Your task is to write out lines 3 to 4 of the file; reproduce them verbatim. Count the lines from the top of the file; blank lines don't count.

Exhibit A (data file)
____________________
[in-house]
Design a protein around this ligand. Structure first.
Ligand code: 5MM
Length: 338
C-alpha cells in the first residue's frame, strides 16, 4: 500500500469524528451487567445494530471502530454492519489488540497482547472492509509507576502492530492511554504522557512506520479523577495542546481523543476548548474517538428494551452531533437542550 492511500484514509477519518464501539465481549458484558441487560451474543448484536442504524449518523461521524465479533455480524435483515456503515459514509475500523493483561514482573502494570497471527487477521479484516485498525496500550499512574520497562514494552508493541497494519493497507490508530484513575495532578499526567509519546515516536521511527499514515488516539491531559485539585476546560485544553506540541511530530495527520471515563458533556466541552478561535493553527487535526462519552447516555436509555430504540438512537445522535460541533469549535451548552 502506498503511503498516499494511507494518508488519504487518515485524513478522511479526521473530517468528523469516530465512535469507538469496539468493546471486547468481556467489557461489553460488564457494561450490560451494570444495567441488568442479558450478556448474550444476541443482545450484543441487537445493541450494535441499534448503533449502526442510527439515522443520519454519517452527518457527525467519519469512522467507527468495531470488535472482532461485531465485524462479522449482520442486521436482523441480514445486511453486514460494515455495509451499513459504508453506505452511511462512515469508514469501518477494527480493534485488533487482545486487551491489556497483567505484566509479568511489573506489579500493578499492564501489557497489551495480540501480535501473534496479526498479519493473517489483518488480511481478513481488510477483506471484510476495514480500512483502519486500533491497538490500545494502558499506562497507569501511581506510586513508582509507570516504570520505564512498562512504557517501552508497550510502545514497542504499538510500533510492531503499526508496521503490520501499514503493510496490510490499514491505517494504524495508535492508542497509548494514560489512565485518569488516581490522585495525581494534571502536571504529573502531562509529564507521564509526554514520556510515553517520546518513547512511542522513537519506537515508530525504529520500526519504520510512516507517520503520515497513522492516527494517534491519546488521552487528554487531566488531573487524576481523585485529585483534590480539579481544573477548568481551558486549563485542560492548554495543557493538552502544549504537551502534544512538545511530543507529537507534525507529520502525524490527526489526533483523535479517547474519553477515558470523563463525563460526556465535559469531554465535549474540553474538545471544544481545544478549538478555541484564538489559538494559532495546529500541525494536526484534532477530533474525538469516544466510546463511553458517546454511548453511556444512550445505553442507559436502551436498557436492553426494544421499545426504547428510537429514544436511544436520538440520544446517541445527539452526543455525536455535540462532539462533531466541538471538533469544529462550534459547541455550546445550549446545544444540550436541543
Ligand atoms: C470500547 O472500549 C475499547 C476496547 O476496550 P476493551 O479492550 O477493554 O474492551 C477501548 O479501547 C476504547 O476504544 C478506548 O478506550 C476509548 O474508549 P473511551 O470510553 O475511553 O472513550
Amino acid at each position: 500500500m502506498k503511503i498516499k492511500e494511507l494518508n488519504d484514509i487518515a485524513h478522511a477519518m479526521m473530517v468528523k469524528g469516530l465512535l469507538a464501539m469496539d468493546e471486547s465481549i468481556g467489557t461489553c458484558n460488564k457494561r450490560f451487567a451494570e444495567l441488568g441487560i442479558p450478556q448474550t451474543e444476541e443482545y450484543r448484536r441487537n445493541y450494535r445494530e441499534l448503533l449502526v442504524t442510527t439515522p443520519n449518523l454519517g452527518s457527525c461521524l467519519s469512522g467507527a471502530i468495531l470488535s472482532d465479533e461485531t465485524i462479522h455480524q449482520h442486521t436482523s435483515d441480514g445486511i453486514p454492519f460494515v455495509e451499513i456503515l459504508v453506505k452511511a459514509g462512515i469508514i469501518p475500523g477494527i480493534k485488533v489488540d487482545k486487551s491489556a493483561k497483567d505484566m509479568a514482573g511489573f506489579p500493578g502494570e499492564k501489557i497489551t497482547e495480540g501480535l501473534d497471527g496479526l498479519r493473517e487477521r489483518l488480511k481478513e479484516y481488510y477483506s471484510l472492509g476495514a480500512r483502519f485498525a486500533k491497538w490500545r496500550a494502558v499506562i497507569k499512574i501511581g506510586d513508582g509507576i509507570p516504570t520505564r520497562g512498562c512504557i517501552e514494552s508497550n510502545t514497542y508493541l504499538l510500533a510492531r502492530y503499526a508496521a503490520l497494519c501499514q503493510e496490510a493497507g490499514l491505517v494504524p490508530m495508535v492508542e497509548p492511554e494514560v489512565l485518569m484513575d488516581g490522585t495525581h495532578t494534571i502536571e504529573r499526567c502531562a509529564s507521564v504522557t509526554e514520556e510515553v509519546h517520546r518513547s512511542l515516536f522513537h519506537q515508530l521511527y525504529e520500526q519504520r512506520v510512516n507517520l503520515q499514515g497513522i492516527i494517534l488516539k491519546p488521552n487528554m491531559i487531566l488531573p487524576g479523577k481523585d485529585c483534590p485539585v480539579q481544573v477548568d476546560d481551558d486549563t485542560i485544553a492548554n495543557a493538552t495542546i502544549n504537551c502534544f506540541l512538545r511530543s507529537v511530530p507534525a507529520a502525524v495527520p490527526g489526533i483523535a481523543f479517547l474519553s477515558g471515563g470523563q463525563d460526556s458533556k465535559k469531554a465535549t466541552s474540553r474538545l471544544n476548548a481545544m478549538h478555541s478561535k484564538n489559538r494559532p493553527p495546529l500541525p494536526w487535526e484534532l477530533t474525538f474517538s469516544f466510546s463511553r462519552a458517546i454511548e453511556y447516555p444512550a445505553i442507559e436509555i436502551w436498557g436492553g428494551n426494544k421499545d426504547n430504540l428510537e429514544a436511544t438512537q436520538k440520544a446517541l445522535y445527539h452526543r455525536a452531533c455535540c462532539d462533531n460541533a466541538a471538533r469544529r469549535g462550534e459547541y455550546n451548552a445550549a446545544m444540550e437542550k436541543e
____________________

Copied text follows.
Ligand code: 5MM
Length: 338